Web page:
Drew Nelson did not plan to talk with anyone that morning. He did not plan to make a new friend. He certainly did not plan to fall in love. He resisted all of Amy’s attempts to draw him out− at the hotel, at the airport, on the airplane− giving hurried responses and burying his face in a pile of papers. It was only when the flight attendant offered coffee, and a muscle in Amy’s back twitched as she reached for it, and the cup tipped, and the hot liquid puddled in Drew’s lap that they began to talk.
Earlier in the year, each had lost a spouse of over thirty years. Drew’s wife had died of a brain tumor, Amy’s husband when his small airplane nose-dived to earth, the engine at full throttle − an accident, it was ruled.
They live in the same city. Both have grandchildren. They are about the same age. Consciously, or not, they both are looking to love again. But relationships do not exist in vacuums. Drew is wealthy, and Amy is middle class. Amy is “new” in town – she and her husband moved to Charleston twenty-five years ago – while Drew’s family has lived there for three centuries. Drew lives below Broad, a code word for high society, old families, power, and money. Amy’s home is across the river.
Class warfare may be less violent than it was in the past, but when Drew invites Amy to the St Cecelia Ball, battle lines are drawn. In a city in which ancestry is important, the ball’s membership is passed from father to son, and only those from the oldest families attend.
Family, friends, co-workers all weigh in on their relationship and choose sides. Allies are found in unexpected places. Opposition comes from among those who were thought to be friends. Though they are gone, even their spouses − through things they have done and things they have said − wield influence in the conflict that follows.
Amy begins to suspect that Drew is one of them, the rich snobs who despise her, while Drew concludes that Amy neither trusts him nor cares for him. As each questions the other’s motives, their feelings for each other are tested, and Drew and Amy are challenged to consider if they truly want to fall in love again.
I live in Columbia South Carolina, with my wife and our blue-eyed cat, Bonnie. I enjoy traveling, photography, baking bread, and the Carolina beaches.
We have traveled widely in the United States and the United Kingdom. During one trip to Scotland, we visited Crathes Castle, the ancestral home of the Burnett family near Aberdeen.
My photographic subjects have been as varied as prehistoric ruins on the islands of Scotland, star trails, sea gulls, and a Native American powwow.
I went to school for longer than I want to admit, and I have graduate degrees in psychology and education. I was formerly director of research for our state education department.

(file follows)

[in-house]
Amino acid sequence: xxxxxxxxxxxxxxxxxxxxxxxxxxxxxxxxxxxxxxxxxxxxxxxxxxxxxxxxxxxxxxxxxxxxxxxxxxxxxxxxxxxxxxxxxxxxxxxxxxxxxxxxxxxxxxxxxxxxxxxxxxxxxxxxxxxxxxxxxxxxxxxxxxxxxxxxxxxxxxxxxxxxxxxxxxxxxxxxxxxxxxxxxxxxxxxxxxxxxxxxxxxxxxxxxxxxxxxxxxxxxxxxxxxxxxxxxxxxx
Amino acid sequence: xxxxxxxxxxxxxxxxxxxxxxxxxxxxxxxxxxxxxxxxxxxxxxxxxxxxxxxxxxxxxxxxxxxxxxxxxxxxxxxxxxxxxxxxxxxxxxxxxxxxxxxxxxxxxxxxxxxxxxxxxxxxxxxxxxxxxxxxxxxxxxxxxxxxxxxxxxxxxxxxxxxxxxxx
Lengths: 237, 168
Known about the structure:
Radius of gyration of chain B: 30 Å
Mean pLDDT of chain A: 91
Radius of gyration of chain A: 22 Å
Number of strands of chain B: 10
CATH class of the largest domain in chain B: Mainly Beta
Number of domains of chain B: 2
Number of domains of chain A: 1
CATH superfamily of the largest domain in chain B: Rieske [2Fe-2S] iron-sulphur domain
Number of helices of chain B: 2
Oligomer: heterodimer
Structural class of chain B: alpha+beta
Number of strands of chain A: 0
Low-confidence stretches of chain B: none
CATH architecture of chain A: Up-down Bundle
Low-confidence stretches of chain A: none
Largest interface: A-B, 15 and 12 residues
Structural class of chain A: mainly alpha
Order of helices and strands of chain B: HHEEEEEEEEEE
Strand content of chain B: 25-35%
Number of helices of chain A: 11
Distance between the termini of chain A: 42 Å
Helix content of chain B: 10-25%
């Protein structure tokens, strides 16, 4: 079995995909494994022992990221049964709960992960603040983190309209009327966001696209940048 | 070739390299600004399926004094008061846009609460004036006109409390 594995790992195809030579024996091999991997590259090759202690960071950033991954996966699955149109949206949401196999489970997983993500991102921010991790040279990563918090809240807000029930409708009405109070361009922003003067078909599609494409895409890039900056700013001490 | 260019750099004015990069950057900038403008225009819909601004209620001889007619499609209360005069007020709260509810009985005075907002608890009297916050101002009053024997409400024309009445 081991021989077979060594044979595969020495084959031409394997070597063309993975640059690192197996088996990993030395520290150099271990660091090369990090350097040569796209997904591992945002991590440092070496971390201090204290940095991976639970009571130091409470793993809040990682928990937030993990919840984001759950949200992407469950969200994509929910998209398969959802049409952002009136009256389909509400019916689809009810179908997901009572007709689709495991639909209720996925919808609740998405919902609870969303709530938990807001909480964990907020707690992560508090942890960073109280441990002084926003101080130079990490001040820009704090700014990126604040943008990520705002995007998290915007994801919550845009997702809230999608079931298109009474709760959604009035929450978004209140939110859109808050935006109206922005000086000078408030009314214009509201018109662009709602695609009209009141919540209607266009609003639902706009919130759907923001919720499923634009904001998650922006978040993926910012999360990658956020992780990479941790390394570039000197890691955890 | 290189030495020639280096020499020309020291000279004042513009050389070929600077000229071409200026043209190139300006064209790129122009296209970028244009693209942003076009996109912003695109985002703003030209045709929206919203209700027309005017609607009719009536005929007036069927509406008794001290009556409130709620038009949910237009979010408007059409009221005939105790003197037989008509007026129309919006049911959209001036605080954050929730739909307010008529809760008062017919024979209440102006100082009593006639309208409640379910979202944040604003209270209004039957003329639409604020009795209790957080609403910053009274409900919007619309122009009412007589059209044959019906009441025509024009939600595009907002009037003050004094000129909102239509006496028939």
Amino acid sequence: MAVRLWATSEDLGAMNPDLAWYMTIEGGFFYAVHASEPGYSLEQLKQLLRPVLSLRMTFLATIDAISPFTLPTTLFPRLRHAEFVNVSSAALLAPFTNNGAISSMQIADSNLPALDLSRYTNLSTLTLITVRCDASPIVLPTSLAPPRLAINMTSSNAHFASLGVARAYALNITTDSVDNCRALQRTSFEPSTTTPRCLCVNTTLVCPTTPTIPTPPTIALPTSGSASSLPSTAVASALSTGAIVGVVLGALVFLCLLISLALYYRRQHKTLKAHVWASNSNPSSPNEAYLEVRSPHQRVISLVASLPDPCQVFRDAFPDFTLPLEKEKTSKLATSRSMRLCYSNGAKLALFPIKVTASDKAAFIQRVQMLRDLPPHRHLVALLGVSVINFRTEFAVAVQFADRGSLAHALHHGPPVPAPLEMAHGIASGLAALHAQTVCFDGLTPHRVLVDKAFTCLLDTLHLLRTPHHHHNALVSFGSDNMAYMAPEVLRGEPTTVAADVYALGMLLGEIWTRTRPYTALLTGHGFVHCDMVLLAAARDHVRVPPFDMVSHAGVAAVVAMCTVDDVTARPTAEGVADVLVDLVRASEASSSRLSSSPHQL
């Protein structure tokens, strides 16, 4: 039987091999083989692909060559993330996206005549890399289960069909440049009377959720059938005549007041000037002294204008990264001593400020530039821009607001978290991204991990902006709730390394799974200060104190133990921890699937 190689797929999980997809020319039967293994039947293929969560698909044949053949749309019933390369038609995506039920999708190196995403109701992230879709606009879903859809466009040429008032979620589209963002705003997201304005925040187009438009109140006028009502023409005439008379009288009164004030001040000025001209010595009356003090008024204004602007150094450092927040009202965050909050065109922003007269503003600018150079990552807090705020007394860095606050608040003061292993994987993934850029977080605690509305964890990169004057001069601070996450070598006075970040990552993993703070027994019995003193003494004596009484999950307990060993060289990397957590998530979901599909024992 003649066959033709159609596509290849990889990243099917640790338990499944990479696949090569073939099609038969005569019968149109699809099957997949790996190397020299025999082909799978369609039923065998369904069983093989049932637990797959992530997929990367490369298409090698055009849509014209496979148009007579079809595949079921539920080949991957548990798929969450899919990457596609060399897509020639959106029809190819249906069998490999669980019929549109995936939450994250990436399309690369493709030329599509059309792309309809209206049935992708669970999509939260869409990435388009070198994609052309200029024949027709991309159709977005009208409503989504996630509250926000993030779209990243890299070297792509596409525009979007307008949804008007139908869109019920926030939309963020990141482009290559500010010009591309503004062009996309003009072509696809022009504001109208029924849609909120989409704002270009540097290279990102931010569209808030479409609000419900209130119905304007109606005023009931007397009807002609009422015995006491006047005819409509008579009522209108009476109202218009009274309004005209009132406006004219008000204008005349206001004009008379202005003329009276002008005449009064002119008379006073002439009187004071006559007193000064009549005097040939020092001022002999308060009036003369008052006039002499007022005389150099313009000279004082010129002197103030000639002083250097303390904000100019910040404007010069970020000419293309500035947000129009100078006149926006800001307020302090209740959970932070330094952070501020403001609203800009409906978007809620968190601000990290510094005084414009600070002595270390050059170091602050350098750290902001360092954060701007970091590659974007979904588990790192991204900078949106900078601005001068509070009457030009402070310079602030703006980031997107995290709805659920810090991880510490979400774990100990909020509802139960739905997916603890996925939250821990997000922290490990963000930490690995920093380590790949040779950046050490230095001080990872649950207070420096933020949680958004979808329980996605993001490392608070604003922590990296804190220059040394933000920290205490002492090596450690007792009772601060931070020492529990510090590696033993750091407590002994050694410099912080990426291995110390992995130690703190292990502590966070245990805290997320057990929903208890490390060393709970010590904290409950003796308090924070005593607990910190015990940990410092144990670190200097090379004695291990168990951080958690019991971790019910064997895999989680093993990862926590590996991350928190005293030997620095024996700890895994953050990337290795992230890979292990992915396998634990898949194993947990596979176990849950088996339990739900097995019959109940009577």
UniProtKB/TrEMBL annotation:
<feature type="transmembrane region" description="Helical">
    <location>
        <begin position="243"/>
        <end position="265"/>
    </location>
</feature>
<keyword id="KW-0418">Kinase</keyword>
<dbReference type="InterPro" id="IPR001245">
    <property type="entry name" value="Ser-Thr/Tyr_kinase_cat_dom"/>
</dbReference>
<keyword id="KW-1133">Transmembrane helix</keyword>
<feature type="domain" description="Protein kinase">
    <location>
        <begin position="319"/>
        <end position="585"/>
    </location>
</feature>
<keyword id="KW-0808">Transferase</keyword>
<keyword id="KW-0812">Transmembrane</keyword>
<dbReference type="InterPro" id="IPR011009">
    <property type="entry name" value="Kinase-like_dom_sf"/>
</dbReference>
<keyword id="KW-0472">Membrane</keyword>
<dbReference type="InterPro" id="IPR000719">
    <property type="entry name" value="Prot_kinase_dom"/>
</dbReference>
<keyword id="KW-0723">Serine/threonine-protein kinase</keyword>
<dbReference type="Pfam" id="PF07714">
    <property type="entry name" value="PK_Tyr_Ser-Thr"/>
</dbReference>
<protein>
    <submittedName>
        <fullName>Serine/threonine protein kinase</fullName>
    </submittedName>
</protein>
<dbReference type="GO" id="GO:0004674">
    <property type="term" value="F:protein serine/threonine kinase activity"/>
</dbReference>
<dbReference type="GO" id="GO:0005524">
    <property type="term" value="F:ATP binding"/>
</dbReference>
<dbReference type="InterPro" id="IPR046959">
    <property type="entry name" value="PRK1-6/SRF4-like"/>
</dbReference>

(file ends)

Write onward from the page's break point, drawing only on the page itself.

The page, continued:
We have two daughters and three grandchildren. To Fall in Love Again is my third novel.
I was part of the cover reveal for this book and loved the sound of it so signed up to post a review as part of the blog tour organised by JB at Brook Cottage Books.
The story begins at a nursing home where the lead character Drew's wife dies from a brain tumour but not before making him promise not to spend the rest of his days alone, but to find love again -a promise he reluctantly agrees to but, really doesn't ever envisage being able to keep.
That is until he meets Amy, on a journey home. She too is widowed but her husband died on the day she filed for divorce! An unlikely friendship begins, they couldn't be more different in almost every way, from their backgrounds to finance and class. Yet, they have a connection a bit like a magnetic pull.
I thought David described the reactions of Drew and Amy's friends and family upon hearing of their relationship with accuracy. Whose friends and family aren't going to be protective when faced with a situation outside of their comfort zone? Especially when you have to remember that both characters are older, not in their youths - alone, when they should be enjoying their retirement and grandchildren. Nobody likes change and it is being dragged out of their comfort zone and ignorance from both sides that fire them up, causing more than a little stress and tension. This is not helped by Drew and Amy themselves, who each have their own doubts and insecurities, not seeing how a relationship could really work - they are so different on the surface.
The author takes us on an emotional journey, as time and time again Drew and Amy come up against objections and reasons not to pursue a relationship. Ultimately having to decide if they really are ready to fall in love again. The time just flew by whilst reading this book, I particularly loved Amy, outwardly she was feisty and strong but like all people who have had a few knocks her true, gentle side was well hidden and Drew seemed the perfect, gentleman to break through her armour. At times I could have shook the pair of them, so many misunderstandings on both parts.
This is the first book I've read by David Burnett but I'm sure it won't be the last. This book highlights the highs and lo's of having to begin a new relationship, later in life. David created characters that had depth and were not superficial in any way, I really did care about them and their reactions and that of their friends and family seemed to be pitched just right. It's a breath of fresh air to have a romance that doesn't follow the usual format, the fact that the characters were older and everything didn't just fall into place was very realistic. The fact they had so many people on the side lines that genuinely cared for them enhanced the story for me, if you were married for thirty years and then took up with almost your complete opposite wouldn't you hope your friends would put up a fight - just in case you really had lost the plot?
If you haven't read David Burnett I urge you to visit Amazon and download this book now!